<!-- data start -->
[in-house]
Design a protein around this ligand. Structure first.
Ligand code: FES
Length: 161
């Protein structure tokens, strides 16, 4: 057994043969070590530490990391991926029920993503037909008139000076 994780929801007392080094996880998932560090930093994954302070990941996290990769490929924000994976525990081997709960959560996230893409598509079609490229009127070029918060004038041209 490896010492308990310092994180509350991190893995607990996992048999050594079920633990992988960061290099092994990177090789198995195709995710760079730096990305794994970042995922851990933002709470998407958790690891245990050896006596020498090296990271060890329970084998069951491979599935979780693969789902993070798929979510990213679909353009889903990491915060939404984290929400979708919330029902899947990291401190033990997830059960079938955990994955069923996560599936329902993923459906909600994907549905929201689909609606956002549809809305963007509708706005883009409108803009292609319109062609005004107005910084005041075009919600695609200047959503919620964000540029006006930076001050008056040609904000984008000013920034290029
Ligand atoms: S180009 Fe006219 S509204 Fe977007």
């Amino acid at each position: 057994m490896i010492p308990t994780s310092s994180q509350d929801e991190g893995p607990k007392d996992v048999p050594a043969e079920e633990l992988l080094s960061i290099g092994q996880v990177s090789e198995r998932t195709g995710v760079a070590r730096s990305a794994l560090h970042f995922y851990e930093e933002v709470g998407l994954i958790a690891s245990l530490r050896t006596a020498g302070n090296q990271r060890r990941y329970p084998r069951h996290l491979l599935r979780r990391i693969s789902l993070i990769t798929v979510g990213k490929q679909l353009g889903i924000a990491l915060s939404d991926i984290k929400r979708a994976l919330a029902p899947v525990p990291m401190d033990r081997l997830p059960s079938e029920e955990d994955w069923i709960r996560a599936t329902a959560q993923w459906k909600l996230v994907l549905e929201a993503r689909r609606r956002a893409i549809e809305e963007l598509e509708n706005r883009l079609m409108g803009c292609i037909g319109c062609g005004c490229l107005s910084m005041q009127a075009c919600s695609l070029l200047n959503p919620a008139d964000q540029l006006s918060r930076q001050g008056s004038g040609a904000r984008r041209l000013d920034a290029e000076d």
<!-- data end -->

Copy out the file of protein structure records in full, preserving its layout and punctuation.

[in-house]
Design a protein around this ligand. Structure first.
Ligand code: FES
Length: 161
């Protein structure tokens, strides 16, 4: 057994043969070590530490990391991926029920993503037909008139000076 994780929801007392080094996880998932560090930093994954302070990941996290990769490929924000994976525990081997709960959560996230893409598509079609490229009127070029918060004038041209 490896010492308990310092994180509350991190893995607990996992048999050594079920633990992988960061290099092994990177090789198995195709995710760079730096990305794994970042995922851990933002709470998407958790690891245990050896006596020498090296990271060890329970084998069951491979599935979780693969789902993070798929979510990213679909353009889903990491915060939404984290929400979708919330029902899947990291401190033990997830059960079938955990994955069923996560599936329902993923459906909600994907549905929201689909609606956002549809809305963007509708706005883009409108803009292609319109062609005004107005910084005041075009919600695609200047959503919620964000540029006006930076001050008056040609904000984008000013920034290029
Ligand atoms: S180009 Fe006219 S509204 Fe977007």
């Amino acid at each position: 057994m490896i010492p308990t994780s310092s994180q509350d929801e991190g893995p607990k007392d996992v048999p050594a043969e079920e633990l992988l080094s960061i290099g092994q996880v990177s090789e198995r998932t195709g995710v760079a070590r730096s990305a794994l560090h970042f995922y851990e930093e933002v709470g998407l994954i958790a690891s245990l530490r050896t006596a020498g302070n090296q990271r060890r990941y329970p084998r069951h996290l491979l599935r979780r990391i693969s789902l993070i990769t798929v979510g990213k490929q679909l353009g889903i924000a990491l915060s939404d991926i984290k929400r979708a994976l919330a029902p899947v525990p990291m401190d033990r081997l997830p059960s079938e029920e955990d994955w069923i709960r996560a599936t329902a959560q993923w459906k909600l996230v994907l549905e929201a993503r689909r609606r956002a893409i549809e809305e963007l598509e509708n706005r883009l079609m409108g803009c292609i037909g319109c062609g005004c490229l107005s910084m005041q009127a075009c919600s695609l070029l200047n959503p919620a008139d964000q540029l006006s918060r930076q001050g008056s004038g040609a904000r984008r041209l000013d920034a290029e000076d």